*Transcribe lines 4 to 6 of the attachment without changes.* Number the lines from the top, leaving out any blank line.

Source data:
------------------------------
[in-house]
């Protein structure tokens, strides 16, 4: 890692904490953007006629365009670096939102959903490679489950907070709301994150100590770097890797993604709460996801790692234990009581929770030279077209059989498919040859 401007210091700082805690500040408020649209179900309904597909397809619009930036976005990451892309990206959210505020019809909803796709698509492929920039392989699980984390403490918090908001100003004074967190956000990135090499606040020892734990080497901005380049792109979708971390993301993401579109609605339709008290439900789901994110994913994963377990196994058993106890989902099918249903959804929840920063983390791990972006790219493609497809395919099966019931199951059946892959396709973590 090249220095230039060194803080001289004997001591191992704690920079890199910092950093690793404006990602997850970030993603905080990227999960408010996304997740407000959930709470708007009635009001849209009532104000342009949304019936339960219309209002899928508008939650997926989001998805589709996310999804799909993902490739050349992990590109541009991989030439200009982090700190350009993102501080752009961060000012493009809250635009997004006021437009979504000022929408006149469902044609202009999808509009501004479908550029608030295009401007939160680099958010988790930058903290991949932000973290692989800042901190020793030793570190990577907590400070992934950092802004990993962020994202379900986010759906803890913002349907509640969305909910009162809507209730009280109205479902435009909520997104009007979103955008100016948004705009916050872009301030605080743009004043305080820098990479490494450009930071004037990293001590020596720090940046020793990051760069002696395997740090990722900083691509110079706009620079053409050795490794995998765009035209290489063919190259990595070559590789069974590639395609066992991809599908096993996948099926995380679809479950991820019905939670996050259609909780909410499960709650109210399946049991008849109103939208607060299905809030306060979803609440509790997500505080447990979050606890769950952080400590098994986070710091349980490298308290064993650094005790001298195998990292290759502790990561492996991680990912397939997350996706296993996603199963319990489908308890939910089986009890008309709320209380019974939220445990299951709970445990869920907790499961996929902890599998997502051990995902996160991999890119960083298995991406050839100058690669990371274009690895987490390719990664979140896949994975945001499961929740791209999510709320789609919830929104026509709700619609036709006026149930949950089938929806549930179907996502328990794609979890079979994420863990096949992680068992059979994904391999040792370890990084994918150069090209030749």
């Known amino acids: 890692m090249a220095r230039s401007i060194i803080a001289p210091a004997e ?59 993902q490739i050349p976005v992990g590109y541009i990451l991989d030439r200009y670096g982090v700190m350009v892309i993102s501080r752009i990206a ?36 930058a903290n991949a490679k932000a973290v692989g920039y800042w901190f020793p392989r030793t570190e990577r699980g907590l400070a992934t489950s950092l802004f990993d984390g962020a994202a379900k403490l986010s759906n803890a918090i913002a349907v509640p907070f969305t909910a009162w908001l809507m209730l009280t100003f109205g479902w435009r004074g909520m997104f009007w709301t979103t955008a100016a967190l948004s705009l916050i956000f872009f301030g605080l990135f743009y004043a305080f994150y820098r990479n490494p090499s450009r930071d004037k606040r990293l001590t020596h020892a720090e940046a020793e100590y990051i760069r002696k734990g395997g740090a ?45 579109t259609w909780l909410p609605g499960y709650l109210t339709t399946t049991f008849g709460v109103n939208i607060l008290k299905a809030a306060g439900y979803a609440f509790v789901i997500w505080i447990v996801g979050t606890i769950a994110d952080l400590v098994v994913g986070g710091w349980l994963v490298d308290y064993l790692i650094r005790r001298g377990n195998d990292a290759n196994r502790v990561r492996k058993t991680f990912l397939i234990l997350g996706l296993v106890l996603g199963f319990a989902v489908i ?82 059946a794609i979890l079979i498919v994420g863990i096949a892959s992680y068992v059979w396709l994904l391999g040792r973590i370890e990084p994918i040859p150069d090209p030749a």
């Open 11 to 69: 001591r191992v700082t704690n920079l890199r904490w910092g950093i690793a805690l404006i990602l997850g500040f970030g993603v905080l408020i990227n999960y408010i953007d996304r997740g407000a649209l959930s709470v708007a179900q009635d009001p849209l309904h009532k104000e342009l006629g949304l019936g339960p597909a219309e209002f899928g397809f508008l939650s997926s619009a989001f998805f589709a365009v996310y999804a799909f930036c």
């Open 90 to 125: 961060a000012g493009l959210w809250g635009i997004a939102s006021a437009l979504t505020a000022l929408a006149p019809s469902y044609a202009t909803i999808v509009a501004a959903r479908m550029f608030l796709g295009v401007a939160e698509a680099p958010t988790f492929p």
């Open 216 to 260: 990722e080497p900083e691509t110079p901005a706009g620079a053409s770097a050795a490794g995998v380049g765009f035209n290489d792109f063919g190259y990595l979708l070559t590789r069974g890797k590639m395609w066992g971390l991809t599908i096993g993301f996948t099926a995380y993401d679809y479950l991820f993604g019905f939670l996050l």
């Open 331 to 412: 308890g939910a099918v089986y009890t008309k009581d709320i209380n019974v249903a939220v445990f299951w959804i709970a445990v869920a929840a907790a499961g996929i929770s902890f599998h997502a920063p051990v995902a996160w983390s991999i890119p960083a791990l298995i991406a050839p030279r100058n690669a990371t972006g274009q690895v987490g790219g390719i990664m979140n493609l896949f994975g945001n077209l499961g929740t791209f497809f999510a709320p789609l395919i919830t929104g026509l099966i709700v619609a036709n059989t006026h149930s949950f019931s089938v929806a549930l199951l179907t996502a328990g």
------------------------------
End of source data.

């Open 11 to 69: 001591r191992v700082t704690n920079l890199r904490w910092g950093i690793a805690l404006i990602l997850g500040f970030g993603v905080l408020i990227n999960y408010i953007d996304r997740g407000a649209l959930s709470v708007a179900q009635d009001p849209l309904h009532k104000e342009l006629g949304l019936g339960p597909a219309e209002f899928g397809f508008l939650s997926s619009a989001f998805f589709a365009v996310y999804a799909f930036c």
């Open 90 to 125: 961060a000012g493009l959210w809250g635009i997004a939102s006021a437009l979504t505020a000022l929408a006149p019809s469902y044609a202009t909803i999808v509009a501004a959903r479908m550029f608030l796709g295009v401007a939160e698509a680099p958010t988790f492929p």
């Open 216 to 260: 990722e080497p900083e691509t110079p901005a706009g620079a053409s770097a050795a490794g995998v380049g765009f035209n290489d792109f063919g190259y990595l979708l070559t590789r069974g890797k590639m395609w066992g971390l991809t599908i096993g993301f996948t099926a995380y993401d679809y479950l991820f993604g019905f939670l996050l």